Tuesday, January 15, 2013

Speaking of Dante today, and so.

In a return to principles, I suggest that you do not read this blog because of what I write, but because of what others have written. If you read this blog it is because you are drawn to writing, I would guess, and have an interest, a passion, are of a sympathetic character, etc. But my writing does is not the writing that caused or sponsored your capabilities. Others’ writing is.

Ultimately, or as a principle, The writing that drew you to be interested in blogs such as this one, or to anything involved in writing, is great writing. Now, with the Western Canon having been healthily imploded or re-grounded, we know that great writing is not simply what we are told it is, even as people might agree on this or that text. But I would like to offer this definition (that has been kicking around my brain for at least two hours), that great writing is that which offers the hope of what we might be. It does not simply show us as we are. Great writing is not merely interesting, or relevant, or insightful, or purposeful, or intriguing. Great writing incites ambition and hope. It captures (I don’t know how it does this, though there are plenty of examples) what the reader can only hope for him or herself in terms of their own humanity.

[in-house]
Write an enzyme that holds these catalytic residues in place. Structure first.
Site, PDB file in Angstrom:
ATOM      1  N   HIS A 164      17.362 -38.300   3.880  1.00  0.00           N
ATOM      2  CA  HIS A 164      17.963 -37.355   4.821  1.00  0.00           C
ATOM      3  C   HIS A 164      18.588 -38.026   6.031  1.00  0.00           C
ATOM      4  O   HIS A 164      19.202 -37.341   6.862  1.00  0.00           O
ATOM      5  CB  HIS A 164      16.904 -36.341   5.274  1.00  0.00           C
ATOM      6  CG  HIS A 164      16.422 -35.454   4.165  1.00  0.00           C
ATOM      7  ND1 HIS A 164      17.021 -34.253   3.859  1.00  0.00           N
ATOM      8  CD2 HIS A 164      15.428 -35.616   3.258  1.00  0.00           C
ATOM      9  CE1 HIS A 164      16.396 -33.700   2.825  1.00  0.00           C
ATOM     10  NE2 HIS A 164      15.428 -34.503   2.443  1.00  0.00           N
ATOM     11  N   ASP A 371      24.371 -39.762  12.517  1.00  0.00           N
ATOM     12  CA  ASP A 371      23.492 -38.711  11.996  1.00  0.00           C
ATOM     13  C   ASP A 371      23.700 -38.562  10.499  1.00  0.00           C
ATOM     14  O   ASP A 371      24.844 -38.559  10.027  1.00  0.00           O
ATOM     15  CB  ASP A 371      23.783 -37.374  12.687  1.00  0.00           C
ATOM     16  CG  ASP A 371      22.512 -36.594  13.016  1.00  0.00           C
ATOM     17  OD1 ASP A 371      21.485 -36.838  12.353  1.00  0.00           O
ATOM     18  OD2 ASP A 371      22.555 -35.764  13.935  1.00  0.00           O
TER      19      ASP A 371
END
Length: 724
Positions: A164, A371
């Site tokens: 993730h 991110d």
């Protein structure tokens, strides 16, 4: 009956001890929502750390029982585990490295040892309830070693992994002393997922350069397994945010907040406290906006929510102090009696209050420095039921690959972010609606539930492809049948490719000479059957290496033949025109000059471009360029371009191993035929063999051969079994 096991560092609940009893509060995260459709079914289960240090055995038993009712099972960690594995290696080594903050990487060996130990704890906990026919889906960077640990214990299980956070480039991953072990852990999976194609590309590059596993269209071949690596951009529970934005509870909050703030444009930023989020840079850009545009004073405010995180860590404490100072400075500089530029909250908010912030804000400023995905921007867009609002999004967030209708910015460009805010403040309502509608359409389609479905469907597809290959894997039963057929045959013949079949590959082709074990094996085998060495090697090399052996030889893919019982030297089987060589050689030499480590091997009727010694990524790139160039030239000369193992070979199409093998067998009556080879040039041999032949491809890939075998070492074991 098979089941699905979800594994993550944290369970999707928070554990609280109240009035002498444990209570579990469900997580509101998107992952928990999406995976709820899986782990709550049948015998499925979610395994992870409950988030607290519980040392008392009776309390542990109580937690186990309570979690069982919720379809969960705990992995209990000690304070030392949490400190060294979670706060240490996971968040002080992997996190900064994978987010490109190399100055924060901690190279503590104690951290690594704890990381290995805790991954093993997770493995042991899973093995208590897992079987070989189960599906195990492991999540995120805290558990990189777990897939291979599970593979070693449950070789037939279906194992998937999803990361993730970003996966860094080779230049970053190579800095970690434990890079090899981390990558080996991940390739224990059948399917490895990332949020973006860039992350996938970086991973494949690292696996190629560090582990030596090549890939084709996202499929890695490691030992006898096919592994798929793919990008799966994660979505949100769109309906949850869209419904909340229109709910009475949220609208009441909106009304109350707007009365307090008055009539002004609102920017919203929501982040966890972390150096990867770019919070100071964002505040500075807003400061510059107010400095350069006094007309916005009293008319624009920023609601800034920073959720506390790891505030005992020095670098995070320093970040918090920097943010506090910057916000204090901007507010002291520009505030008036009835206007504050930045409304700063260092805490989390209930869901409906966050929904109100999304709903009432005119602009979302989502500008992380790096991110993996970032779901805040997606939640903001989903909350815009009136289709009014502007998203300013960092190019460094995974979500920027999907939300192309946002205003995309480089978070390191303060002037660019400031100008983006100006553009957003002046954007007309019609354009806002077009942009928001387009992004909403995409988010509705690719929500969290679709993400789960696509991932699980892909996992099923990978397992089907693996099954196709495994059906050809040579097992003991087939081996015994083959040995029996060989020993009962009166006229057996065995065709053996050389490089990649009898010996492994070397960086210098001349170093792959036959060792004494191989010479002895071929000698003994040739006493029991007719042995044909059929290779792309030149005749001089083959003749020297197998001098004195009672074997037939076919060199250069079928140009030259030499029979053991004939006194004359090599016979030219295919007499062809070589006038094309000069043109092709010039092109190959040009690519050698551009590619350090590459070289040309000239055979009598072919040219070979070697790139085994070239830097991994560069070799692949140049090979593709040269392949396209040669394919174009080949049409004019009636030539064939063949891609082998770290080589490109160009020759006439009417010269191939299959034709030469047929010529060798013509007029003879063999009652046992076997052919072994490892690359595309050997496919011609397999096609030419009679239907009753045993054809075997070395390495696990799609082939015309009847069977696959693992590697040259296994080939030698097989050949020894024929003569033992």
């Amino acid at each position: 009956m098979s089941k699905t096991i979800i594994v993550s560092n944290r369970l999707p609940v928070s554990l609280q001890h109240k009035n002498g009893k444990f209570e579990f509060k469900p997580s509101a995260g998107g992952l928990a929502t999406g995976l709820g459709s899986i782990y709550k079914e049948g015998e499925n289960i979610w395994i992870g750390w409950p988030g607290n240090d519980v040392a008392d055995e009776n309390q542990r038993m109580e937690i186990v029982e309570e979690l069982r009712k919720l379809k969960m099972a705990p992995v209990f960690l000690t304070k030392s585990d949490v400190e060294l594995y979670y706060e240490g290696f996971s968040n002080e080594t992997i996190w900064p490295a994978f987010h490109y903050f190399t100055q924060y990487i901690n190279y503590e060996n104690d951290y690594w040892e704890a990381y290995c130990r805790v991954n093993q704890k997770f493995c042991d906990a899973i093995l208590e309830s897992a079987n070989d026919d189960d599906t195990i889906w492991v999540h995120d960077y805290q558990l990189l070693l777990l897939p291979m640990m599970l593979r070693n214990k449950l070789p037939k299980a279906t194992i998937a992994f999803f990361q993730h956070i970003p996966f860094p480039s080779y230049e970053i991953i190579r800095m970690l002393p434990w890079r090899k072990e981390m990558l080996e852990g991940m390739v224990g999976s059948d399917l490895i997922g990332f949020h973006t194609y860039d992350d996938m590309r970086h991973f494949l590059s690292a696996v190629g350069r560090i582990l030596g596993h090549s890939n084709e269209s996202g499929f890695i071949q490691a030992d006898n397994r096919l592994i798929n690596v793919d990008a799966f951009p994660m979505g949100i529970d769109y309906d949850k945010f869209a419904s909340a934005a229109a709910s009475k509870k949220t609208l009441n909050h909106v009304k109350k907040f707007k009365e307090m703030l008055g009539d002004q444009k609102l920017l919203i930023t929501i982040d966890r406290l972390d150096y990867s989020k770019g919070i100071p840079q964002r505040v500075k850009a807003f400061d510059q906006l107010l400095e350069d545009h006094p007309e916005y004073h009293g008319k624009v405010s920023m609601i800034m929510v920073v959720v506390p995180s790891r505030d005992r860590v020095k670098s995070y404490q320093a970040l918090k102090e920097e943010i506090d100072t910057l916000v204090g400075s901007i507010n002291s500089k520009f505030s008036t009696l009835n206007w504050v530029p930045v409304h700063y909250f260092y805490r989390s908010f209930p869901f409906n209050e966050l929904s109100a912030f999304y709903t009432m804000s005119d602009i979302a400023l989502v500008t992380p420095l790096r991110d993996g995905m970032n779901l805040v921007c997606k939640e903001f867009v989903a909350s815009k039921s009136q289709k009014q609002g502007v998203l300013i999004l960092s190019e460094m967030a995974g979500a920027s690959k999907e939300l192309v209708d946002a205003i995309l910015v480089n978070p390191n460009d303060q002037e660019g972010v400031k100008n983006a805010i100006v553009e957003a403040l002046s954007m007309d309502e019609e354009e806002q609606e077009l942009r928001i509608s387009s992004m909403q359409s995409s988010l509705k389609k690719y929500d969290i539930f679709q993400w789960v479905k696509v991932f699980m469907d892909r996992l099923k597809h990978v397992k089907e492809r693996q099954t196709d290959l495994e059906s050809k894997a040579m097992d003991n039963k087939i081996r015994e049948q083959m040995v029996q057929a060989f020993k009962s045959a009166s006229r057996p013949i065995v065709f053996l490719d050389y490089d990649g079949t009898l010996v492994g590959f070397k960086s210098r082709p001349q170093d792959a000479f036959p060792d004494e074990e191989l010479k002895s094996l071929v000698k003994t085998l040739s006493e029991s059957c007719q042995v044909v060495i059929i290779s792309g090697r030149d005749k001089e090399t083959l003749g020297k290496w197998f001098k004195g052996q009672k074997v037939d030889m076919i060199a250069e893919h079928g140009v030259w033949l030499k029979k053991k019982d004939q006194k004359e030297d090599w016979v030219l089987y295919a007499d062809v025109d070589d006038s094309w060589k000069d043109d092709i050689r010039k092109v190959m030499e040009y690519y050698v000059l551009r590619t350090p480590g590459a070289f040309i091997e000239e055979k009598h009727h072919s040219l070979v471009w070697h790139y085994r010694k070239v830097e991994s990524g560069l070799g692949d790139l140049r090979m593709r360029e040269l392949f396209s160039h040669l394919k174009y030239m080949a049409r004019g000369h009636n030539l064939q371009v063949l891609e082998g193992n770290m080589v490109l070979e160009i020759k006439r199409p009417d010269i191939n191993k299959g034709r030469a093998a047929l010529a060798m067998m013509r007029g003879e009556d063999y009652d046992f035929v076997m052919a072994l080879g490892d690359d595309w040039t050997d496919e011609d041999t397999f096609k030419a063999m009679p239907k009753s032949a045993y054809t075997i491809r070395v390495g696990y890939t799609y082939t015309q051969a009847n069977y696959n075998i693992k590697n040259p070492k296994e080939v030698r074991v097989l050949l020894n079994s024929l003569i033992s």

What is true of great writing is true of great art. Great writing therefore applies, and re-applies. It continues to apply, for it is beyond merely being and accomplishes the capture of being-to-be. In this sense, great writing can be religious. It can offer itself time and time again and never be depleted or wear out. Sometimes, it is clearly prophetic (Dante, Milton). Sometimes, it excites a response that in itself is a kind of religious or awed state of mind (Shakespeare). I do think that great writing offers structure and content unified and dynamic, so that the effect is stronger and more intensely sustained than one might expect from either structure or content as categories in themselves.

I am a self-described concrete formalist. I perform a particular task. Over and over (and some might say, over) again. I do what I can and what I will. My writing is not great. So sue me. But I write and I swear that I will write in the light of greatness. My failing is my own. I trust I am not a fool. And neither is anyone who writes for forever, if only in the here and now. To fail in the light of greatness is not ignoble. But it is not great either. No, not now. Not forever. Never.

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